Root access is authorization to execute any command and access any resource on a device.
LinuxRoot access is specific to unix, linux and linux-like systems such as android. A large number of devices run on proprietary formats of linux.
SuperuserA superuser is a generic term for the user on an operating system that has full privileges. On linux, this user is almost always root. Other operating systems have similar users such as the administrator account on windows.
User Id 0Root has the user id 0 on linux systems. In some cases, it is possible to have another name for the root account. This should result in the same level of privileges as long as the user id is 0.
Root GroupRoot group is a user group on linux systems associated with the root account. It is common to set file permissions on linux such that only members of the root group can read, write or execute most files. Any number of users can belong to the root group. However, this does not give you the same level of privileges as being the root user.
SudoSudo is a linux command that allows you to run commands as another user, by default root. This is a way to give all users temporary root access. In order to run sudo your user needs to be registered in a configuration file, often located at /etc/sudoers.
The principle of least privilege is a foundational information security guideline that states that each user should be given the minimum permissions possible that allow them to do what they need to do. For example, it is a best practice for administrators to use their own user id and sudo. If you are logged on as root it is possible to make terrible mistakes such as deleting your root directory or important system files.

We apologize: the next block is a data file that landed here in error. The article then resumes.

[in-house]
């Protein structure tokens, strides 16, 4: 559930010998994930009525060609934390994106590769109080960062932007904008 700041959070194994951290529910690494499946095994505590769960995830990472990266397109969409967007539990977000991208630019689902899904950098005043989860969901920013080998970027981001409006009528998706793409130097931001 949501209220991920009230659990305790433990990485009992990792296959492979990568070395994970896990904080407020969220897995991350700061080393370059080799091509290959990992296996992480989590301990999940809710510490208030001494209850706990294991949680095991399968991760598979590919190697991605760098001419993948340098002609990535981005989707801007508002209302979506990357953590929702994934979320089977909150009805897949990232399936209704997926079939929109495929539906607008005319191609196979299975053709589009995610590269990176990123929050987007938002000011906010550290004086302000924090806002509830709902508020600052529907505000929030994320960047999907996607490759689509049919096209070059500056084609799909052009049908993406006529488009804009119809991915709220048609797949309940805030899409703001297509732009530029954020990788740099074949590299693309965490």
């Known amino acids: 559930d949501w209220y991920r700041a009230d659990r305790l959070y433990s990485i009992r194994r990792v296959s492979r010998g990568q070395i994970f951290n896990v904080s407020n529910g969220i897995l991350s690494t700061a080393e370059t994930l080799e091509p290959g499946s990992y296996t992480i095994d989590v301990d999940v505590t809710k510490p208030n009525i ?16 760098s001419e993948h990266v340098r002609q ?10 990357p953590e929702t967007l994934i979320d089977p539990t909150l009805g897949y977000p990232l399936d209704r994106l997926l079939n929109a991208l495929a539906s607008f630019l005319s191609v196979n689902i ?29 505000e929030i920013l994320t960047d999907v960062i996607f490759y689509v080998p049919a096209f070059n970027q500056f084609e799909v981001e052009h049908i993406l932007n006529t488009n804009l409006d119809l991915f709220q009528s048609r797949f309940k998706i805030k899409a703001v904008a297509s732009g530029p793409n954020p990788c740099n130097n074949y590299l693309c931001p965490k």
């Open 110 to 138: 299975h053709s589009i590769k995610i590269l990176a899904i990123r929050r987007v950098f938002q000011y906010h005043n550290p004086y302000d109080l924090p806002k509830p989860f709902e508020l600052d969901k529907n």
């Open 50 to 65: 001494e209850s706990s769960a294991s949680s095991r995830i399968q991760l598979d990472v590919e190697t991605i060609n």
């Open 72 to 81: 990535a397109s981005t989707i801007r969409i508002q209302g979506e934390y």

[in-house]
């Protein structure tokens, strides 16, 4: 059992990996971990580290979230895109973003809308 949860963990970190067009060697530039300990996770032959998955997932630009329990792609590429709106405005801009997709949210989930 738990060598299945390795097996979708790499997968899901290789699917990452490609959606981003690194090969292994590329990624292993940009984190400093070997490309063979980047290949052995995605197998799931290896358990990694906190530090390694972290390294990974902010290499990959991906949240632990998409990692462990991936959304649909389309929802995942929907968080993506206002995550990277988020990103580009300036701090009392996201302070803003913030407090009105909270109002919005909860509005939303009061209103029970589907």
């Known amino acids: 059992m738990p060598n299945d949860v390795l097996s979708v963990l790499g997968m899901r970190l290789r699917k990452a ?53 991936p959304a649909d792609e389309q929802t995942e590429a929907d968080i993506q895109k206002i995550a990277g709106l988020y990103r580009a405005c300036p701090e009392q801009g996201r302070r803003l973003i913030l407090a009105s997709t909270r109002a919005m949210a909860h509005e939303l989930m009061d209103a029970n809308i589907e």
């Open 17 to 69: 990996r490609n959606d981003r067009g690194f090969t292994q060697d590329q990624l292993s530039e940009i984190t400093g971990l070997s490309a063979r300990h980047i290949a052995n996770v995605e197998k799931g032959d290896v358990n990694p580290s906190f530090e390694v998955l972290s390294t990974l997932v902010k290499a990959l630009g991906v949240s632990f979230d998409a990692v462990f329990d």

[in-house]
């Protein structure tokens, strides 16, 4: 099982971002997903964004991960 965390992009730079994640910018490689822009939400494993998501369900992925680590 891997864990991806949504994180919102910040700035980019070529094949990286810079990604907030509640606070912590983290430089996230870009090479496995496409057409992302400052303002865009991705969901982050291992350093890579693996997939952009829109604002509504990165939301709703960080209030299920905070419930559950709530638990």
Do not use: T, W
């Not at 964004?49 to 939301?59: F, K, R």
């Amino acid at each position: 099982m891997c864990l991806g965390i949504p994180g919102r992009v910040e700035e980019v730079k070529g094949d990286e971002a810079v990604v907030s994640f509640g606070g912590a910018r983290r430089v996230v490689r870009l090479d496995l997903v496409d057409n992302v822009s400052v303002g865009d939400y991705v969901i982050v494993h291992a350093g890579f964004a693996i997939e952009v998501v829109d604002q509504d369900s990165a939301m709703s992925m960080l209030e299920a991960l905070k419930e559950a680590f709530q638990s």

Privileged AccountA privileged account is any user on an operating system that has authorization to perform tasks that are considered administrative such as changing system files. Root is the most privileged account. Any account that can do sudo is just as privileged. There are other ways to grant limited privileges to an account such as adding an account to the root group so that it has access to a large number of files.
ProcessesAll processes run as a user. As such, the same restrictions and privileges that apply to people apply to processes. If you run software as root user, it is important to trust that software. For example, it is possible for a process running as root to grant root access to a person by opening a user interface such as a terminal emulator.
RootingRooting is the process of obtaining root access on a device. Historically, if you owned a linux device you were typically were granted root access as the device was yours. Some modern devices do not provide root access to owners of the device. This is done for security or to control devices for commercial purposes such as requiring users to obtain all software through an online store. Some device manufacturers provide official rooting procedures for advanced users who want to control their device. In cases where rooting is not supported by the manufacturer, users often design their own procedures and share them. This can be dangerous as the manufacturer may detect this and disable your device. If you want root access, the best way is to buy a device that supports rooting or provides you with root permissions out of the box.
NotesGenerally speaking, root access should only be used if you know what you are doing and even then it should be minimized. However, root access is required to learn about system administration and other computing pursuits such as software development. In practice, many administrators and software developers spend a lot of time logged in as root and only occasionally make huge mistakes.
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